ATLANTA - A business advocacy group that sued Major League Baseball (MLB) for moving the All-Star Game out of Georgia dropped the case Monday, nearly two weeks after an adverse court ruling.

New York-based Job Creators Network, a group backed by The Home Depot co-founder Bernie Marcus, filed a federal lawsuit after MLB announced it was pulling next month’s game out of Georgia in protest of the General Assembly’s passage of an election law adding new restrictions critics attacked as voter suppression.

The group sought a preliminary injunction ordering MLB to either bring the game back to Georgia or pay $100 million in damages, an estimate of the game’s potential economic impact.

After listening to the group’s lawyer during a hearing on the request, U.S. District Judge Valerie Caproni rejected the motion, declaring Job Creators Network had no legal standing to bring the suit because it failed to demonstrate it has suffered harm from MLB moving the All-Star Game to Colorado.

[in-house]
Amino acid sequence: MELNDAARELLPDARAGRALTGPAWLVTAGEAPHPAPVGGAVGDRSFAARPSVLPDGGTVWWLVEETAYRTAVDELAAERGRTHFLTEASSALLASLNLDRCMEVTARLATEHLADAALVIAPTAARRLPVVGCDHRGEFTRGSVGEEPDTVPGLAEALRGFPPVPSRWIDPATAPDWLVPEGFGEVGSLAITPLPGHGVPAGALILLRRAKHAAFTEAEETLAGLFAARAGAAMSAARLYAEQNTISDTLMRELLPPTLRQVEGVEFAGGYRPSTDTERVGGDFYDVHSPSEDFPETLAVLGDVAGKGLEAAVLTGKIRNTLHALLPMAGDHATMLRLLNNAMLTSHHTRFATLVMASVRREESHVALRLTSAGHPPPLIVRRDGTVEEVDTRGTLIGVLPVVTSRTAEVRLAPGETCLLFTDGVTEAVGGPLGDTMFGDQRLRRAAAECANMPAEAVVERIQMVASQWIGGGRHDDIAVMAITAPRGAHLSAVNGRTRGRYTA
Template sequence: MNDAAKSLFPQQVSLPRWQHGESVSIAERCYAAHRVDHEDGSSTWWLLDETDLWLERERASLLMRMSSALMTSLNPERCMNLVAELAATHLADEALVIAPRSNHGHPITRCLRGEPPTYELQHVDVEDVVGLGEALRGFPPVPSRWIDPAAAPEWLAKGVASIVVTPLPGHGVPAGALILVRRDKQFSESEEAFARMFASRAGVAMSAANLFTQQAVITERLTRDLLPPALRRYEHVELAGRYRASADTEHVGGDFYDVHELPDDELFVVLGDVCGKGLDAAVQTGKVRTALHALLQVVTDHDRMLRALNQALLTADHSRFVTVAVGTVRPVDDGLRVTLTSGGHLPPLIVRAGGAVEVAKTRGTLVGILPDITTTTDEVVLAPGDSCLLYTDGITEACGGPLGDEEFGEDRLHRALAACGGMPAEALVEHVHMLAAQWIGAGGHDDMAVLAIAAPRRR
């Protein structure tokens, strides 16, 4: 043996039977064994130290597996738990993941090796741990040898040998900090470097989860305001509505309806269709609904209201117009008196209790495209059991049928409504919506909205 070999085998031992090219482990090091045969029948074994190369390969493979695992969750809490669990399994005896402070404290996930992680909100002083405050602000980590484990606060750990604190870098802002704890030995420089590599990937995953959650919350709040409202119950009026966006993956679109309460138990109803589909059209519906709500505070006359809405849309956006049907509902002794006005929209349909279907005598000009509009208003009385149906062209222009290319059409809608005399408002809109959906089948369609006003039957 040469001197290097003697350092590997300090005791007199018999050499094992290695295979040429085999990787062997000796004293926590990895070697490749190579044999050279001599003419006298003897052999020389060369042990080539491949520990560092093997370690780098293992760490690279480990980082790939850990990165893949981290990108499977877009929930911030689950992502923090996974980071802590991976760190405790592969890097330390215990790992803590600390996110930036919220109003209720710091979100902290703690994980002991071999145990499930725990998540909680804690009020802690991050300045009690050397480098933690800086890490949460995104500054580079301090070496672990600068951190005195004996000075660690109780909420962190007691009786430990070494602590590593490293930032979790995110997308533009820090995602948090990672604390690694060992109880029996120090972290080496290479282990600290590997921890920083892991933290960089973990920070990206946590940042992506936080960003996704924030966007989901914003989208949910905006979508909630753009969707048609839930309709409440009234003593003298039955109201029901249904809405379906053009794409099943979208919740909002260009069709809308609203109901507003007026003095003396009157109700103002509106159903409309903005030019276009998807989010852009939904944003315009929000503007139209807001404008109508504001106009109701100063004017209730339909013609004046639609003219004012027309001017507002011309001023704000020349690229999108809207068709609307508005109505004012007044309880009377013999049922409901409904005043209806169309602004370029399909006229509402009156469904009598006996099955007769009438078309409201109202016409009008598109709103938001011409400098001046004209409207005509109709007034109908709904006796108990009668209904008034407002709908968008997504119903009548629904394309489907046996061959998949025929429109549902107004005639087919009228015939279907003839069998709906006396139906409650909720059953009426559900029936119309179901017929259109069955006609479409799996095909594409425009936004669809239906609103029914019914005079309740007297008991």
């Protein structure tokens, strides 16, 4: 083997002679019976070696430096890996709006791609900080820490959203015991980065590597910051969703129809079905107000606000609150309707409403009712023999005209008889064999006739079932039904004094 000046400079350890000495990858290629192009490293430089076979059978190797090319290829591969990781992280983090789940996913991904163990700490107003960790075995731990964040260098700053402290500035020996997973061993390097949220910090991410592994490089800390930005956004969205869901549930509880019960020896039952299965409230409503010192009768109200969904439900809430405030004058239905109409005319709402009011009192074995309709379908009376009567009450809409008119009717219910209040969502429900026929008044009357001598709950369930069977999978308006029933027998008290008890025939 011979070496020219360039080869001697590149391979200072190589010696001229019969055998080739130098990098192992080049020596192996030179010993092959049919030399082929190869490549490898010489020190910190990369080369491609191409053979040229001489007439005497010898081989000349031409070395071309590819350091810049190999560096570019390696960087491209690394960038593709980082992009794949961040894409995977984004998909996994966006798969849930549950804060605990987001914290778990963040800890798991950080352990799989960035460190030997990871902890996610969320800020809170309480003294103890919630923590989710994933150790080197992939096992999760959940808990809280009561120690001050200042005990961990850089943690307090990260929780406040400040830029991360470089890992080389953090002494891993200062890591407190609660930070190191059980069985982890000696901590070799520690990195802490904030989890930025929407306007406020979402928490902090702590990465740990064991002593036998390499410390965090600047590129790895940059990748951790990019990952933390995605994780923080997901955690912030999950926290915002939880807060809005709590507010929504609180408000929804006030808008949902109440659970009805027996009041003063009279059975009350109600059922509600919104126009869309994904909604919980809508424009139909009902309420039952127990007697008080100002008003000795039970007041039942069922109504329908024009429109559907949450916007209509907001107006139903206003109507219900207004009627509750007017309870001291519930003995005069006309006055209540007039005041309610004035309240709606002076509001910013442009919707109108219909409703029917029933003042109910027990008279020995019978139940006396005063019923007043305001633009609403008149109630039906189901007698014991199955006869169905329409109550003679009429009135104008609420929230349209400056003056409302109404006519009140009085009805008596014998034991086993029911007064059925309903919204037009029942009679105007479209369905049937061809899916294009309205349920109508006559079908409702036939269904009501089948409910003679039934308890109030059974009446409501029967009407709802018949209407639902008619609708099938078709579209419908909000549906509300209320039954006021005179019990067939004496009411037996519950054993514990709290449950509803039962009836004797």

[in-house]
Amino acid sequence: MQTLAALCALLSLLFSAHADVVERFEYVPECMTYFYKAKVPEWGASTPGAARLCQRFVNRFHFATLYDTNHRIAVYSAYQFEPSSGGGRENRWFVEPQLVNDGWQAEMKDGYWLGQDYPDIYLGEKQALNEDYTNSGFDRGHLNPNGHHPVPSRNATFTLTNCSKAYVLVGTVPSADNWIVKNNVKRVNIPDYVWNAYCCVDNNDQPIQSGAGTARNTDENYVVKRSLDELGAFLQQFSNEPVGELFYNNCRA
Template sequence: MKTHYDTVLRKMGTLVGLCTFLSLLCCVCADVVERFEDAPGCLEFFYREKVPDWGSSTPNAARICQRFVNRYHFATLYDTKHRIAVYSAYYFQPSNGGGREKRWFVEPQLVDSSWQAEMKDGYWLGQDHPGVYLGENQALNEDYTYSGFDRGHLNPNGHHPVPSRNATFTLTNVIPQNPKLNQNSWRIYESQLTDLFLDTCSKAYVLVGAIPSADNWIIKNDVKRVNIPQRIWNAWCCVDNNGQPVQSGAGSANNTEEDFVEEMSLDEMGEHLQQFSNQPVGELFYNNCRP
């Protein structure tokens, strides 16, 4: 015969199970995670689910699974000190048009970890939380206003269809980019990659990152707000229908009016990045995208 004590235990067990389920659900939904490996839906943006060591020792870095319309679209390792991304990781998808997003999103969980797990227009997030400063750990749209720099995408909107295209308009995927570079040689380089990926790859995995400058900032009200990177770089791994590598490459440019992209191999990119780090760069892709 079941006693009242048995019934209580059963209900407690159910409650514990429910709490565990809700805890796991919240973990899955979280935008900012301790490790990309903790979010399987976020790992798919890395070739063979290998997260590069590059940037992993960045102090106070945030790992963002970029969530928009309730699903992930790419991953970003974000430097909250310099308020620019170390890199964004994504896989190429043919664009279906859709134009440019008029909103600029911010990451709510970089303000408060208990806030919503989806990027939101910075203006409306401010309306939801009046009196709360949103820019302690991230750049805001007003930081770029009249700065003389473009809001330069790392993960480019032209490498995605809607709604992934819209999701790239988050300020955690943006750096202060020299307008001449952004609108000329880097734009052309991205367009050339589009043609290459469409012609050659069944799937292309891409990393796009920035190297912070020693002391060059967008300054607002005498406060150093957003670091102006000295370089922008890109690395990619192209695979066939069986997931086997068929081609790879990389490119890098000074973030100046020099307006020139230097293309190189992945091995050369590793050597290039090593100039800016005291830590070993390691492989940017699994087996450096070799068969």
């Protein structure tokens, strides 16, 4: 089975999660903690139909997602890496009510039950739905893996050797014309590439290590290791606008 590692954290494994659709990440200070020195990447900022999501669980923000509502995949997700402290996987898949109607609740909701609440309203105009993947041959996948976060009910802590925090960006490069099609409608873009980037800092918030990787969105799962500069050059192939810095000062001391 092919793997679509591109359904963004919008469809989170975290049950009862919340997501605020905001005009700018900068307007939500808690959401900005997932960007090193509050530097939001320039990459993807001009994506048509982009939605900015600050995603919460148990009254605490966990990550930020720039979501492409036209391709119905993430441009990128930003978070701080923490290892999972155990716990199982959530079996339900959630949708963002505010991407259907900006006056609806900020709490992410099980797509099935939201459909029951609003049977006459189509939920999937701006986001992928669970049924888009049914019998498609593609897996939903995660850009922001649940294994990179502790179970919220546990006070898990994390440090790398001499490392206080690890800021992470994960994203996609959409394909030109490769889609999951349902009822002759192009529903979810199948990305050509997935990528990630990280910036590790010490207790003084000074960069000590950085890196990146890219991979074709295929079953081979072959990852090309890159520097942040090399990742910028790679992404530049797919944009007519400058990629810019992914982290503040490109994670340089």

On Monday, Alfredo Ortiz, president and CEO of Job Creators, said although the group is withdrawing the lawsuit, it will continue to fight on behalf of small businesses to hold MLB accountable.

"MLB's decision to punish these Atlanta small businesses and residents who bear no responsibility for their state's political action was wrong -- no matter what one judge says,” Ortiz said.

“While we are withdrawing our case from federal court here in New York, we will continue to evaluate our legal options and other out-of- court opportunities. We will have more information to announce in the coming days." 

The law that sparked the suit, which the Republican-controlled legislature passed in March along party lines, replaces the signature-match verification process for mail-in ballots with an ID requirement.

The measure also prohibits non-poll workers from handing out food and drinks within 150 feet of voters standing in line. At the same time, it expands weekend early voting hours in most Georgia counties and authorizes the use of drop boxes in state law for the first time, although it restricts where they can be placed.

Several Atlanta-based companies have condemned the law with strongly worded statements, including Delta Air Lines Inc. and Coca-Cola Co.

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